Last Dance (1996)
|Year Of Production||1996|
|RSDL / Flipper||No/No||Cast & Crew|
|Start Up||Language Select Then Menu|
|Region Coding||2,4,5||Directed By||Bruce Beresford|
Walt Disney Studios Home Ent.
|Pan & Scan/Full Frame||None||
English Dolby Digital 5.1 (384Kb/s)
Spanish Dolby Digital 5.1 (384Kb/s)
|Widescreen Aspect Ratio||1.85:1|
|Video Format||576i (PAL)|
|Original Aspect Ratio||1.85:1||Miscellaneous|
English for the Hearing Impaired
|Annoying Product Placement||No|
|Action In or After Credits||Yes|
The issue of capital punishment is one of the most polarising topics of debate. It inflames impassioned arguments on both sides of the spectrum, and very little middle ground seems to be available. In the interests of transparency, I will declare that I have been a firm opponent of the death penalty ever since reading Clarence Darrow's summation of the Leopold & Loeb Case when I was 14 years of age, and even my bio will show that Dead Man Walking is right up there in my Top Ten of movies.
And therein lies the rub. Dead Man Walking was released the year prior to Last Dance, and the comparisons were going to be inevitable. Before we arrive at the inevitable comparative study, let's relate the plot for Last Dance.
Rick Hayes (Rob Morrow) is the somewhat shiftless younger lawyer brother of John Hayes (Peter Gallagher), aide to the governor of an unnamed American state (played by Jack Thompson in what looks like a reprisal of his role in Midnight in the Garden of Good and Evil). He is given a nepotic position in the Clemency Department under the jaundiced supervision of Sam Burns (Randy Quaid). Hayes the younger has of late managed to elude most responsibility in his existence, but that becomes challenged on encountering Cindy Liggett (Sharon Stone), a bitter and hopeless double murderess awaiting news of her execution date. Hayes mistakenly assumes that being employed by the Clemency Department requires him to acquire clemency for his clients. Poor, naive ingénue. Actually, his job is supposed to be to do nothing while the governor takes credit for his state's "hard line" approach to crime.
Hayes also discovers that his desire to have Cindy's sentence commuted to life imprisonment is hardly shared by Cindy herself. Her years spent languishing on death row have apparently "rehabilitated" her to a resignation towards her fate. Rick discovers that there is critical mitigating evidence surrounding her crime that was never raised by her defence counsel during her original trial. He sets about trying to win Cindy's trust and re-instilling in her some desire for life while he fights to get a stay of execution in order to have time for a review of her trial. As his and Cindy's bond begins to deepen, his professional standing crumbles in inverse proportion, putting him at odds with the governor, his big brother and Sam until eventually he becomes persona non grata.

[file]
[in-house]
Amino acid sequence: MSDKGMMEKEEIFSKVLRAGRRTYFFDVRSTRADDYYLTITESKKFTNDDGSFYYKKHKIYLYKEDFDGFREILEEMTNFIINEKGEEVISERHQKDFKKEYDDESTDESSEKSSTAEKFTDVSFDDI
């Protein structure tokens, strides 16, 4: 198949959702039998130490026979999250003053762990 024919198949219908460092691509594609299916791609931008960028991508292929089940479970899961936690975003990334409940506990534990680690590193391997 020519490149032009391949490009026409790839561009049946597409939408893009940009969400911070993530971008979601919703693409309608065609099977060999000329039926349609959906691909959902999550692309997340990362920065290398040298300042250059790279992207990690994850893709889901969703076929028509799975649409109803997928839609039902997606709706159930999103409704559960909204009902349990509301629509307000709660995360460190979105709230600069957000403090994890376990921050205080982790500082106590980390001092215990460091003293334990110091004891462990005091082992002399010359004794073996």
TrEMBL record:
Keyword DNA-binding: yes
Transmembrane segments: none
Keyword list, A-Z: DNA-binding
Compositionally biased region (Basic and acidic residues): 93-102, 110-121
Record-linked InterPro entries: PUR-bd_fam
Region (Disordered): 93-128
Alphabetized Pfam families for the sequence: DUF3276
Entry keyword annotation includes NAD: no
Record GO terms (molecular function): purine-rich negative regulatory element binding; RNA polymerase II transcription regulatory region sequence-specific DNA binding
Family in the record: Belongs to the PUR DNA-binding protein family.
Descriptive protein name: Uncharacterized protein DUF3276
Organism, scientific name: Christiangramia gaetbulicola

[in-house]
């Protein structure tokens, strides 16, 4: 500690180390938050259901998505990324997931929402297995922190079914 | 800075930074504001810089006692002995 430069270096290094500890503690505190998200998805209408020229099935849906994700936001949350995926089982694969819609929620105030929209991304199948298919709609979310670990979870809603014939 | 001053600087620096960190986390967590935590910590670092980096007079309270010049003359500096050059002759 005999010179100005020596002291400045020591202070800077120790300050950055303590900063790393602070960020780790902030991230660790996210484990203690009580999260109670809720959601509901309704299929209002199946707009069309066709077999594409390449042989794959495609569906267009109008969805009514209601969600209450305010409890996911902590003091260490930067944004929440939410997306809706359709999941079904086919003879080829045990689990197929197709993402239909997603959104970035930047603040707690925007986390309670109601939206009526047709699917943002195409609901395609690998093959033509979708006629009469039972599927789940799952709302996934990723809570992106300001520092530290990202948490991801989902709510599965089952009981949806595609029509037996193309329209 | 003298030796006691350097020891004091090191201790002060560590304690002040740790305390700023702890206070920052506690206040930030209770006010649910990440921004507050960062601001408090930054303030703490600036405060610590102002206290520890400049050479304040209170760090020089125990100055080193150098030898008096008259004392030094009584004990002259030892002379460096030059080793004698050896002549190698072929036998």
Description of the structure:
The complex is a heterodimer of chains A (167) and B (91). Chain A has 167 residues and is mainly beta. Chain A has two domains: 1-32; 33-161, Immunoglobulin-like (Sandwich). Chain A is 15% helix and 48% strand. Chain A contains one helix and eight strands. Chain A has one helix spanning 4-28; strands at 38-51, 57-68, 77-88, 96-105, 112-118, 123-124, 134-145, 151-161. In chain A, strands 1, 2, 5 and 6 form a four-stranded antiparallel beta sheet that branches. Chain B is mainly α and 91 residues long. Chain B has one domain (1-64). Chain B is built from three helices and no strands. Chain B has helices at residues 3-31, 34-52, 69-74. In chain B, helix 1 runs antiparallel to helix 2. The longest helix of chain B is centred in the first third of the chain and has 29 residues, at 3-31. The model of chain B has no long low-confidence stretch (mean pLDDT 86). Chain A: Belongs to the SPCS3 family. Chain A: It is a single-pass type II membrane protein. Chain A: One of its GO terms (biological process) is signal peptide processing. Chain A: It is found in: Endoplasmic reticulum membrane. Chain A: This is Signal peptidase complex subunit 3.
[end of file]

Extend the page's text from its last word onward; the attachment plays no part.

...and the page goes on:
I do not wish to risk spoiling the outcome of this film, particularly as the denouement is its strongest point, so I shall leave the question of whether or not Rick was successful unanswered and move on to address the aforementioned comparisons.
It's literally impossible not to consider Dead Man Walking while viewing Last Dance. I have made it a habit lately of postponing writing up my reviews of a film until at least a day has gone by. This gives me a chance to allow the movie to percolate a little and ripen in my mind. My immediate impression after finishing Last Dance was "not a patch on DMW." But of course, that begs the question why.
In the first instance, the actual plot lines are not dissimilar. Both focus on inmates who are doomed to state execution. In both instances, ultimately, there is no question of their guilt of the crimes for which they are convicted. And both films also feature an "outsider" who builds a relationship with the convicted party and journey with them in their Death Row experience. In the case of DMW, the focus is on the internal landscape of the participants, in LD, there is a stronger emphasis on the political structure surrounding the death penalty. But in terms of exploration, depth of emotion, authenticity and impact, Dead Man Walking is a far superior film. We are forced to confront the reality and the humanity of each participant in the story, and the pain and anguish we feel is real and spread amongst the many individuals impacted by the crime.